- The Washington Times - Friday, November 6, 2009

The good news in the domestic auto industry is that Ford Motor Co. posted a $1 billion profit for the third quarter this year. After 17 straight quarters of red ink, any profit is a sign of progress. Ford sales were up 3.3 percent last month compared to October 2008 (contrasted to Chrysler, which saw sales plummet 30.4 percent year-to-year), market share is increasing, quality has improved to Japanese standards and the blue oval has a new fleet of attractive models hitting showrooms.

The bad news is that the United Auto Workers has decided to punish Ford for its success.

In results announced on Monday, more than 70 percent of Ford’s UAW members voted against concessions negotiated between its own leadership and corporate management. The amendment to the 2007 labor contract would have merely allowed Ford to take advantage of the same labor practices that cross-town rivals General Motors Corp. and Chrysler worked out in bankruptcy. Neither wage nor benefit cuts were involved. The new agreement simply would have instituted a pay freeze for new hires, reorganized job classifications and put in place a limited no-strike clause to give Ford breathing room to weather the current recession.

Rejecting this agreement breaks the six-decade-old practice of pattern bargaining in which any labor agreement negotiated with one domestic automaker was used as the pattern for contracts with the other companies. First utilized in 1950, pattern bargaining provided wage parity in the industry and guaranteed that the unions couldn’t strike against all three automakers at once and shut down the whole industry. To establish a pattern, only one company would be targeted for walkouts. The UAW’s abandonment of pattern bargaining spells big trouble ahead for Ford.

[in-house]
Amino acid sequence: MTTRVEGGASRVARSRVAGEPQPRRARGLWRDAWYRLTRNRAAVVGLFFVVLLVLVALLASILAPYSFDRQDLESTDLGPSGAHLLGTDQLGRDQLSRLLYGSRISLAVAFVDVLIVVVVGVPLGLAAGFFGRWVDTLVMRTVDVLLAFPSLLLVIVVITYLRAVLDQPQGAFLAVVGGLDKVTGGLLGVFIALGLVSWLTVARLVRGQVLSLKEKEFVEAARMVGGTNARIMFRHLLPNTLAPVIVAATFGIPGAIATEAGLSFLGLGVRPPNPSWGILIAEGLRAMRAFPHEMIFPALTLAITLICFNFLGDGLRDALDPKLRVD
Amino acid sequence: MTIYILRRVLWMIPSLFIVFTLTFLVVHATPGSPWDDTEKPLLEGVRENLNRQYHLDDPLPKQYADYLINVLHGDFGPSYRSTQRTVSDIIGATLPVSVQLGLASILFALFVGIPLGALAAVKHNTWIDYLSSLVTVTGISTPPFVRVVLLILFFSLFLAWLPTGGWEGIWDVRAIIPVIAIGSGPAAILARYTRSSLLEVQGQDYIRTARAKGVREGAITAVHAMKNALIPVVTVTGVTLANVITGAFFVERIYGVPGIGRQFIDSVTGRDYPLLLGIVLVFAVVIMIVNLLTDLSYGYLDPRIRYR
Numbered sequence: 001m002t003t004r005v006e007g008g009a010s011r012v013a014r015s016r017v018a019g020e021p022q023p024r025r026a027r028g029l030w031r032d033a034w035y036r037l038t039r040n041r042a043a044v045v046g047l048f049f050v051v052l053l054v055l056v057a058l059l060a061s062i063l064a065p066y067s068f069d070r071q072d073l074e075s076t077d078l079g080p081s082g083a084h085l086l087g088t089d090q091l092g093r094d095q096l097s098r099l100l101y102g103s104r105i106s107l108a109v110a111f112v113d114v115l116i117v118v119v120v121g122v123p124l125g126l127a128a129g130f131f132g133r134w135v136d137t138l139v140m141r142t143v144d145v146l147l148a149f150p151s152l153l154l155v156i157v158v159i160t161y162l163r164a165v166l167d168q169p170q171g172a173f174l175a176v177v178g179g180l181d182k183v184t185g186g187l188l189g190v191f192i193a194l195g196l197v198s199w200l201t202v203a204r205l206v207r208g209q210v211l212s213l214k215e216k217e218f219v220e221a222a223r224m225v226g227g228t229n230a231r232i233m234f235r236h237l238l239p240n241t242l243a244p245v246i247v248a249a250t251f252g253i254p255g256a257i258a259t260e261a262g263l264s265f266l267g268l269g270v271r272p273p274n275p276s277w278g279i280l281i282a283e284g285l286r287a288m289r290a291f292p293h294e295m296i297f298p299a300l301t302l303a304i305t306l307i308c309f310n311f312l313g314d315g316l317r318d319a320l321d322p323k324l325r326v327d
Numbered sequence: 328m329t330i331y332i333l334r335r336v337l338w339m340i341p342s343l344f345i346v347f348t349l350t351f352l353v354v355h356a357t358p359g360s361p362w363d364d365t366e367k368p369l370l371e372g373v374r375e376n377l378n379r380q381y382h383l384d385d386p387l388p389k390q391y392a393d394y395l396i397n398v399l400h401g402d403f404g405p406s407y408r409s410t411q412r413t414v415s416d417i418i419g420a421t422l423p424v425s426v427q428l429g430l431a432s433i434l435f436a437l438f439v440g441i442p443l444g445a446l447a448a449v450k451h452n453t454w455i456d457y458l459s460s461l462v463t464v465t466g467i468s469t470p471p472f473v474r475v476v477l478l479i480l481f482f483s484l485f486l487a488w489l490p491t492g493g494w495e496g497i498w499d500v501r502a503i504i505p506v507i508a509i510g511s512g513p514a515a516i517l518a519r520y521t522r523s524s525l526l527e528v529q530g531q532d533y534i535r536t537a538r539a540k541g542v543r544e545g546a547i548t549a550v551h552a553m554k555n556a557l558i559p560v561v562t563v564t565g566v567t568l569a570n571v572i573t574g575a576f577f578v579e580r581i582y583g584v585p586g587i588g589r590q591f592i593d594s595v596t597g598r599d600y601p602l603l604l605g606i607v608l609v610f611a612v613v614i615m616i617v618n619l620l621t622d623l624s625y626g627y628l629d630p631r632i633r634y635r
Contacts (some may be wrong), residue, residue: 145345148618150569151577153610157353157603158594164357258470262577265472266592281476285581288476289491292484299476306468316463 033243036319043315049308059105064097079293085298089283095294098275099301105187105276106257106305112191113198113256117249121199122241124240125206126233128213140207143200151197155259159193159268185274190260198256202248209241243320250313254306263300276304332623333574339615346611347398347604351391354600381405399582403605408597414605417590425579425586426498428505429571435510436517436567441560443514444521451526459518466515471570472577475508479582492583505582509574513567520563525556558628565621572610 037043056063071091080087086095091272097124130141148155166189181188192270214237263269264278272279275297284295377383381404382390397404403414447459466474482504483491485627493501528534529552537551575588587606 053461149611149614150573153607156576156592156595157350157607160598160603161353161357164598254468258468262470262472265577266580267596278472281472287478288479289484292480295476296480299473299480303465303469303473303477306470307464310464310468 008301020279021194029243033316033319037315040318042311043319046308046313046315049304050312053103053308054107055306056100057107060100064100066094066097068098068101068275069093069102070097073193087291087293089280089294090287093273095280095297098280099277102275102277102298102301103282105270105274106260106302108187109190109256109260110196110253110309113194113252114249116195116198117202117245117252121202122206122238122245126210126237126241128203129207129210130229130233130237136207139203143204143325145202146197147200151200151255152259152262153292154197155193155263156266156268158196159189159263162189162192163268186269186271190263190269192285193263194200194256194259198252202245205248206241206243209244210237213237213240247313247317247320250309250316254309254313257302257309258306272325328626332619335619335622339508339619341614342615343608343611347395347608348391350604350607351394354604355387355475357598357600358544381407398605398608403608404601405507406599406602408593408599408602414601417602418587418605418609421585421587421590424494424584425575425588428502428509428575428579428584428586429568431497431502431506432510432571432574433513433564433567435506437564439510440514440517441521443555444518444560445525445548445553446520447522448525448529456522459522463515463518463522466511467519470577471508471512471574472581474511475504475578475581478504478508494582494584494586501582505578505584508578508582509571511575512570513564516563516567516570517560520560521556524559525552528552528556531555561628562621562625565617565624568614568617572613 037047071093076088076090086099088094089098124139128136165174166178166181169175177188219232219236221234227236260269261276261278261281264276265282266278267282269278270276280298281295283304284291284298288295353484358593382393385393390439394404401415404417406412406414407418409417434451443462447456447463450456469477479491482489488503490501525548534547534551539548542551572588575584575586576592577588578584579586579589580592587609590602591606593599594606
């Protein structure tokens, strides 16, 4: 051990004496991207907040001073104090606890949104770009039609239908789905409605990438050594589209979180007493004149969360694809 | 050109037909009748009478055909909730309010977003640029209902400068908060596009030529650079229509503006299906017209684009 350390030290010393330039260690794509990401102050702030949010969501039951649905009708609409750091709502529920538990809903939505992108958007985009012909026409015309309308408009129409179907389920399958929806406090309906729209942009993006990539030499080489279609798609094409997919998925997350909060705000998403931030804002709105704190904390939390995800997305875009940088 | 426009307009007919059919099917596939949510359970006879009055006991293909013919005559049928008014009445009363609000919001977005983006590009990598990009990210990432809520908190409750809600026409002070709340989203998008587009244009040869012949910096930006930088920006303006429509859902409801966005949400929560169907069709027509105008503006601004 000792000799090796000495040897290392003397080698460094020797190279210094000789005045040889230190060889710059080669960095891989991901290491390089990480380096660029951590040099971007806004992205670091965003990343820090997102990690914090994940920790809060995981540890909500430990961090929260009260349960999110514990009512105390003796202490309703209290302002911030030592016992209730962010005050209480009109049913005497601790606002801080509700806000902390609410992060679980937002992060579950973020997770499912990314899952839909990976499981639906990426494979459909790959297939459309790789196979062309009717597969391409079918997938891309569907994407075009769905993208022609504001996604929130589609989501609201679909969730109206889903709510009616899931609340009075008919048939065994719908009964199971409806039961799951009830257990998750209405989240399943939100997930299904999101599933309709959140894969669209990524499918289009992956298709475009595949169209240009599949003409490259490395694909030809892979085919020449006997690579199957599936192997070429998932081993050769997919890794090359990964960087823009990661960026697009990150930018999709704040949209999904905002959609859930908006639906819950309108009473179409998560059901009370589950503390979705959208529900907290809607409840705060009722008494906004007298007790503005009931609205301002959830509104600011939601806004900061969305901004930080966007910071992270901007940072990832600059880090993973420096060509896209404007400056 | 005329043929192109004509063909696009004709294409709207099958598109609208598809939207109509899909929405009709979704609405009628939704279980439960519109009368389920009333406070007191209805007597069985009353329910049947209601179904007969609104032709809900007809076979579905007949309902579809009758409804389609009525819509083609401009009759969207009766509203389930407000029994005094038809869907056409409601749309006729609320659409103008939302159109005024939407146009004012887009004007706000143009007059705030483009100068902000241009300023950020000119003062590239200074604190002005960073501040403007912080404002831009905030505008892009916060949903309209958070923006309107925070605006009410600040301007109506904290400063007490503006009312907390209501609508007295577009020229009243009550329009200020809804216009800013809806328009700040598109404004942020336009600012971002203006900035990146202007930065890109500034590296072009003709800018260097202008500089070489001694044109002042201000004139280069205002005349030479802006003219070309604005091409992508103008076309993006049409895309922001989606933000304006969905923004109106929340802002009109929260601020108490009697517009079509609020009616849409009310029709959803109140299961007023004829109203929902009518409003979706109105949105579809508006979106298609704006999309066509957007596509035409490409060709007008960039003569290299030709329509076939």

What’s new in Detroit is that the government has a stake in two out of three domestic automakers. It is a little-known detail of the government bailout of GM and Chrysler that a ban on the ability of workers to strike was a condition to receive federal largesse. Because Ford decided not to take a government handout and instead is working on a turnaround through private lenders the good old-fashioned capitalistic way, the Dearborn, Mich., company is the only member of the Big Three that can be targeted for a strike. Chairman William Clay Ford Jr. - the great-grandson of Henry Ford who founded the company 106 years ago - and his leadership team better buckle up because they are on a collision course with the UAW when the current contract expires in two years.

Make no mistake about it: Ford is being punished for refusing to take a government bailout. GM and Chrysler, which became wards of the state and the union through bankruptcy, not only were relieved of debts they owed to other corporations but also enjoy government-sponsored protection from Big Labor. The UAW spent more than $4.4 million to get Barack Obama elected president, according to the Center for Responsive Politics. Ford is still run by the Ford family - not the Obama administration - and the union is making the company pay for that.